§ 3 — CIVIL REMEDIES & PENALTIES FOR BID SHOPPING
The bill prohibits contractors from engaging in bid shopping on any state or municipal public works contract. It permits the attorney general or the municipality to initiate a civil action within two years after the alleged bid shopping to recover the difference in value between a higher-price sub-bid in a contractor's submitted bid and the lower-price subcontract that the contractor subsequently obtained through bid shopping, as well as reasonable attorneys' fees and costs. It also allows any aggrieved subcontractor, who carries the burden of proof, to recover damages equivalent to 10% of the submitted bid value, as well as reasonable attorney's fees and costs.
In addition, the bill requires the commissioner of consumer protection to fine a contractor found guilty of bid shopping $5,000 to $20,000 for each violation.
§ 5 — DESIGN-BID-BUILD CONTRACTS
Generally, the awarding authority must award public works contracts estimated to cost over $500,000 to the lowest responsible, qualified, and prequalified general bidder on the basis of competitive bids. However, the commissioner may require that design-bid-build projects be accomplished on a total cost basis. These contracts are awarded through a single contract with a private developer for acquisition, architectural design, and construction.
Existing law requires that state public works contracts using this design-bid-build delivery method include plans and specifications detailing all labor and materials to be furnished under the contract which must separately list (1) masonry; (2) electrical; (3) plumbing; and (4) heating, ventilating, and air conditioning classes of work if the awarding authority estimates that such work will exceed $100,000.
The bill requires such specifications to include a table of contents, chart, or other means of identifying the portion of work, if any, comprising each class of work identified in the DAS prequalification classifications that the awarding authority expects to exceed the threshold value defined by the bill.
§ 6 — REJECTION OF BIDS
The bill expands the conditions under which the awarding authority can reject any or all general bids under competitive bidding. Under current law, it may do so if it determines that:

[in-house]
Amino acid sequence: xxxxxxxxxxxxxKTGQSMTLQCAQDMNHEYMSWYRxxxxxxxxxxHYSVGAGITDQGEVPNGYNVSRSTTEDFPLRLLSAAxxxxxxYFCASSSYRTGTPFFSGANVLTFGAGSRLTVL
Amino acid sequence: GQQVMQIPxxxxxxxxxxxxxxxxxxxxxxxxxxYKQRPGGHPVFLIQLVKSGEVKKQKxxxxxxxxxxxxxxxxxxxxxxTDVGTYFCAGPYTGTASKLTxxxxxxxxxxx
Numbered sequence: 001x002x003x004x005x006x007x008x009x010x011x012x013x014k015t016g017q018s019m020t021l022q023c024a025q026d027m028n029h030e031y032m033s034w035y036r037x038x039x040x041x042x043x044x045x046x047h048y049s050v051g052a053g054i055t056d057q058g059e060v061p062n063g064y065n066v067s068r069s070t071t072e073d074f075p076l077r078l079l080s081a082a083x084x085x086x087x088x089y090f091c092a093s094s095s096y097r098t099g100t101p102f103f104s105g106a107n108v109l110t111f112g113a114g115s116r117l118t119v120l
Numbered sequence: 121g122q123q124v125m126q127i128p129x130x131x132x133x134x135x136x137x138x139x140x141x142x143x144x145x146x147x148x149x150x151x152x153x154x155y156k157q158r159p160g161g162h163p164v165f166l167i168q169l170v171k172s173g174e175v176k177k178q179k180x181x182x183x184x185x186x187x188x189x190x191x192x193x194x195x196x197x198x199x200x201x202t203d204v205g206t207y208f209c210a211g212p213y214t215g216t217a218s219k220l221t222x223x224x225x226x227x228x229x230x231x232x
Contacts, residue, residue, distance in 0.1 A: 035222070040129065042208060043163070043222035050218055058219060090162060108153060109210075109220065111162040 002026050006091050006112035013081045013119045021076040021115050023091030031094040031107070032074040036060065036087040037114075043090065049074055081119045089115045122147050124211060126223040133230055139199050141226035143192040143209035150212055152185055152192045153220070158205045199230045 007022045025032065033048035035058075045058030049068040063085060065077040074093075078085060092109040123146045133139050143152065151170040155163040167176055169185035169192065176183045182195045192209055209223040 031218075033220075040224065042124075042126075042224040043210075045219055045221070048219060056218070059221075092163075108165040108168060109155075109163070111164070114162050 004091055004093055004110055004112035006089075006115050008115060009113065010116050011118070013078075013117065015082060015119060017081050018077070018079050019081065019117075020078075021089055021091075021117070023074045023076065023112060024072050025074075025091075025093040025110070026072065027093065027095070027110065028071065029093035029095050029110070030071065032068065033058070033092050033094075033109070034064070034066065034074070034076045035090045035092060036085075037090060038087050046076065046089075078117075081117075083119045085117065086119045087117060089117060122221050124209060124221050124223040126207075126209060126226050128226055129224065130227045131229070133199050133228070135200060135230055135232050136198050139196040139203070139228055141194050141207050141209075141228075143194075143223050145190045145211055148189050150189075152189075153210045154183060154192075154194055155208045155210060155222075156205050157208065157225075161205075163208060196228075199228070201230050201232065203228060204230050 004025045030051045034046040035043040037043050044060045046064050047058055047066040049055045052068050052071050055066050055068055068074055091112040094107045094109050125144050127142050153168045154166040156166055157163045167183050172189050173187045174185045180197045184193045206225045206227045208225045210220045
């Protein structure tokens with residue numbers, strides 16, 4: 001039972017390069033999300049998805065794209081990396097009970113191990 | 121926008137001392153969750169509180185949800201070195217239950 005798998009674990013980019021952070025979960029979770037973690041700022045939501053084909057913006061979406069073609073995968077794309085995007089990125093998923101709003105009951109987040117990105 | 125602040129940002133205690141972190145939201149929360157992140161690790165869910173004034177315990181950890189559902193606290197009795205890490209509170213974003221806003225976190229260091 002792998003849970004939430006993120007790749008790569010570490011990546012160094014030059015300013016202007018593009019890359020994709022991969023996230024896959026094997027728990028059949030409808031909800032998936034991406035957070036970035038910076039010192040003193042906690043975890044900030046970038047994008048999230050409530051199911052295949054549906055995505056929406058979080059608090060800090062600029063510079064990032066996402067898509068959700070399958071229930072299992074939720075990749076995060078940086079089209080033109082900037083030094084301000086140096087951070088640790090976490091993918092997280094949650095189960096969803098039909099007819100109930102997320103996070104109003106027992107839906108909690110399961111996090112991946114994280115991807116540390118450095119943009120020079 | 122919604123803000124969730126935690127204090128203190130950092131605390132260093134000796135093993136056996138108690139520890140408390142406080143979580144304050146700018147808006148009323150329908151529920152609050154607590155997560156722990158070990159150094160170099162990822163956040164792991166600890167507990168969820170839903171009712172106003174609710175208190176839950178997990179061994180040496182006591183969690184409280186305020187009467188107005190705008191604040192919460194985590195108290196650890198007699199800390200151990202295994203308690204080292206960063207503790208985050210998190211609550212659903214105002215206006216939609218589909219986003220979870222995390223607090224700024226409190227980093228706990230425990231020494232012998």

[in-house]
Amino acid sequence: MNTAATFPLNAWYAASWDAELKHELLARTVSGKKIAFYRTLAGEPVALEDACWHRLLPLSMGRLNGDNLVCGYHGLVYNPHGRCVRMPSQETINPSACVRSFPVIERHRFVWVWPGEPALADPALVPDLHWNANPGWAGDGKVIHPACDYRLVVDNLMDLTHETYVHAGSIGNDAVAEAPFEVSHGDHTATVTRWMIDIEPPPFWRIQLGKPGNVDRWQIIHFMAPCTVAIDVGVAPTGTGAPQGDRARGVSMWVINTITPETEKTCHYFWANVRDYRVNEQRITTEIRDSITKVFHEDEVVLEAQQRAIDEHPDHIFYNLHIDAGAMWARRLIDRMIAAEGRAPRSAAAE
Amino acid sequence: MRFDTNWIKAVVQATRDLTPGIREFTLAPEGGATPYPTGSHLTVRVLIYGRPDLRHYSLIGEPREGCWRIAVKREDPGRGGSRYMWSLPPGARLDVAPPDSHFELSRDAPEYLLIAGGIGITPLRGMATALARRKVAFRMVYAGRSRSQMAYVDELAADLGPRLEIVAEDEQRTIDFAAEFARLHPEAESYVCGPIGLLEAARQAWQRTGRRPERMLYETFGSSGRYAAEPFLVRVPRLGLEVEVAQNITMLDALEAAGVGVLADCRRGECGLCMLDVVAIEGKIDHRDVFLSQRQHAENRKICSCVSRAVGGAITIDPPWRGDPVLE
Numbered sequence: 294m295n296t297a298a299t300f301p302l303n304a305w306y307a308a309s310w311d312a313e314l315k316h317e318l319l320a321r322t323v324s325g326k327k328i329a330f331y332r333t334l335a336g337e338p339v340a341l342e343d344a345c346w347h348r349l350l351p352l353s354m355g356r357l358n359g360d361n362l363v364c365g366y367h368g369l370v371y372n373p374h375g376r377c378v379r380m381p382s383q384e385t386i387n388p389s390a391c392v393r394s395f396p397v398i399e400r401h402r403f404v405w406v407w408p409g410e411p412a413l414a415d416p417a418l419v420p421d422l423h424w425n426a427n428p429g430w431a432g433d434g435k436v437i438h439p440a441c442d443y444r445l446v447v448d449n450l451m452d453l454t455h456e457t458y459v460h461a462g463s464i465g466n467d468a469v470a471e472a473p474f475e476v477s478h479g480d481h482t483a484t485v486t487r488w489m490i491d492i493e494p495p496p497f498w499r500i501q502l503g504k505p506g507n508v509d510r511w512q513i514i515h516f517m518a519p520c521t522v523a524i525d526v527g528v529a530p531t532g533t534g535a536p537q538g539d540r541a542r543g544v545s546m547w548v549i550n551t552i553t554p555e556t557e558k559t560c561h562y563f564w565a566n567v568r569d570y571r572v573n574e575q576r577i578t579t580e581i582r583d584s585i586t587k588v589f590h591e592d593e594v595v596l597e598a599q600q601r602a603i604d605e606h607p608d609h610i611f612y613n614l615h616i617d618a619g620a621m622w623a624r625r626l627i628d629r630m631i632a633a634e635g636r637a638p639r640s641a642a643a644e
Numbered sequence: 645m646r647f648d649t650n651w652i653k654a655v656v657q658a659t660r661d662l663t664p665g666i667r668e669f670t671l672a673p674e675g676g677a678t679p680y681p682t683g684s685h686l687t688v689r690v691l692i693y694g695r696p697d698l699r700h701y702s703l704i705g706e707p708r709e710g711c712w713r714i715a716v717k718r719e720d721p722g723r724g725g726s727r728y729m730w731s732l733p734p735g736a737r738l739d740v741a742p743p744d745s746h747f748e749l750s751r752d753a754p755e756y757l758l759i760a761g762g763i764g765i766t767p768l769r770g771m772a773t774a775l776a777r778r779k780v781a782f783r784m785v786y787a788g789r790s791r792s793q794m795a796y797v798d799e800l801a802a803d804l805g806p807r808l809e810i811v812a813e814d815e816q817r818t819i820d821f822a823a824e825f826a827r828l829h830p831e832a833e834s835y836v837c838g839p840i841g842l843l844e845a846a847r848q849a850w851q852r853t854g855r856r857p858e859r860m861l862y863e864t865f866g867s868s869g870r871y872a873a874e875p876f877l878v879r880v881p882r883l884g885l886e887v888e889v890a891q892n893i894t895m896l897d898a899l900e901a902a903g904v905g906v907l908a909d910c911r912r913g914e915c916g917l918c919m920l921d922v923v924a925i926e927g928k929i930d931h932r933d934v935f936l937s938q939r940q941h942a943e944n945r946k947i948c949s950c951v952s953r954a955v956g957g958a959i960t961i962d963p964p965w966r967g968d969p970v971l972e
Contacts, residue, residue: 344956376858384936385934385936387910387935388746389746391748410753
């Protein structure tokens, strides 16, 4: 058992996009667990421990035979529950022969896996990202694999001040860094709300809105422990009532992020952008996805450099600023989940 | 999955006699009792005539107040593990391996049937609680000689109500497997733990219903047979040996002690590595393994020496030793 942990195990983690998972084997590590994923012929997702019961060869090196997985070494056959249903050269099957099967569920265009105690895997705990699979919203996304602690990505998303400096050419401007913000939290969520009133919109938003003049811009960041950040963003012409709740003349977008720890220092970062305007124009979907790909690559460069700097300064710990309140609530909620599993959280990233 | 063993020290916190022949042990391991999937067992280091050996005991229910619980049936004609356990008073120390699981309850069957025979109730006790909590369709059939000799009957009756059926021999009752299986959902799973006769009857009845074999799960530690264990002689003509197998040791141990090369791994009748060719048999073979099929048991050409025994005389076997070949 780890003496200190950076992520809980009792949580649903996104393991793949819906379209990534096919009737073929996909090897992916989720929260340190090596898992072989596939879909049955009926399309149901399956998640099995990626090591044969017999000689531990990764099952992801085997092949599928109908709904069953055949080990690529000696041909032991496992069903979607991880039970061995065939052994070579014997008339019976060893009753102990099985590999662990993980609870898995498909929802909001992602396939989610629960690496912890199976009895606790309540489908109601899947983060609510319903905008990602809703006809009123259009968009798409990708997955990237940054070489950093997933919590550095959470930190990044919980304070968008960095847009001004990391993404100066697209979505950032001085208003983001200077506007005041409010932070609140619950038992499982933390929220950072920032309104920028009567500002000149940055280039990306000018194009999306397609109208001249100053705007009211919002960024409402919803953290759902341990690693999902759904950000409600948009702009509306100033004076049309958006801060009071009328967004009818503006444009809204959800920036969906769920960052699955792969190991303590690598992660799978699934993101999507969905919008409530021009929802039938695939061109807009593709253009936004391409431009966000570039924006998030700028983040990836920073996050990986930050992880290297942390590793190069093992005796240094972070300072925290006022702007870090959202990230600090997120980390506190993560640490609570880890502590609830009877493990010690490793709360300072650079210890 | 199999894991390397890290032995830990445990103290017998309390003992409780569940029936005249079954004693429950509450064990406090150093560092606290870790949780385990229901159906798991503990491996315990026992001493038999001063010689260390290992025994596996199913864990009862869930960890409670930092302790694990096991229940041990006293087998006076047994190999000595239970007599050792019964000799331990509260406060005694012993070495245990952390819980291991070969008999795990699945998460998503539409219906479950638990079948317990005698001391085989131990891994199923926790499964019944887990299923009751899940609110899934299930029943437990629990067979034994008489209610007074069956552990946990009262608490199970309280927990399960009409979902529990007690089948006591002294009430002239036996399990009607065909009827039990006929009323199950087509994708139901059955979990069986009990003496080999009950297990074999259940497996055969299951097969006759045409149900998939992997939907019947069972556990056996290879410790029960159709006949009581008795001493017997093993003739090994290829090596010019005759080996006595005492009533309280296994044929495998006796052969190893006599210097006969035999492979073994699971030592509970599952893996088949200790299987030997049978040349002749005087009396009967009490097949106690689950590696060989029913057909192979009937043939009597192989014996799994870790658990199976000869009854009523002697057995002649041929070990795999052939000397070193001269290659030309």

1. the general bidder or bidders are not competent to perform the specified work, based on established objective criteria;
2. the low bid price exceeds the project's budget;
3. the project is cancelled; or
4. cause exists to reject such bids.
Under the bill, an awarding authority may also reject a bid if it determines that a general bidder has failed to comply with the bill's requirements.
Construction Manager At Risk (CMR) Projects
In a CMR project, the owner (e.g., DAS) hires a firm with construction experience (the construction manager or “CM”), usually during a project's design phase, to manage the entire construction process. The CM provides pre-construction services such as estimating costs, budgeting, reviewing constructability and suggesting construction alternatives, and scheduling. Once the design is finalized, the CM seeks competitive bids from subcontractors for each project element (e.g., electrical, mechanical, carpentry, and roofing).
Once the subcontractors' bids are received and verified for compliance with project requirements, scope, and specifications, the CM and the project owner negotiate and set a guaranteed maximum price (GMP) for construction including the CM's fee, the cost of the work, and contingency funds for the project. The CM assumes the risk to complete the project within the GMP, excluding any work not included in the final GMP that the owner authorizes through a change order process.
Government Administration and Elections Committee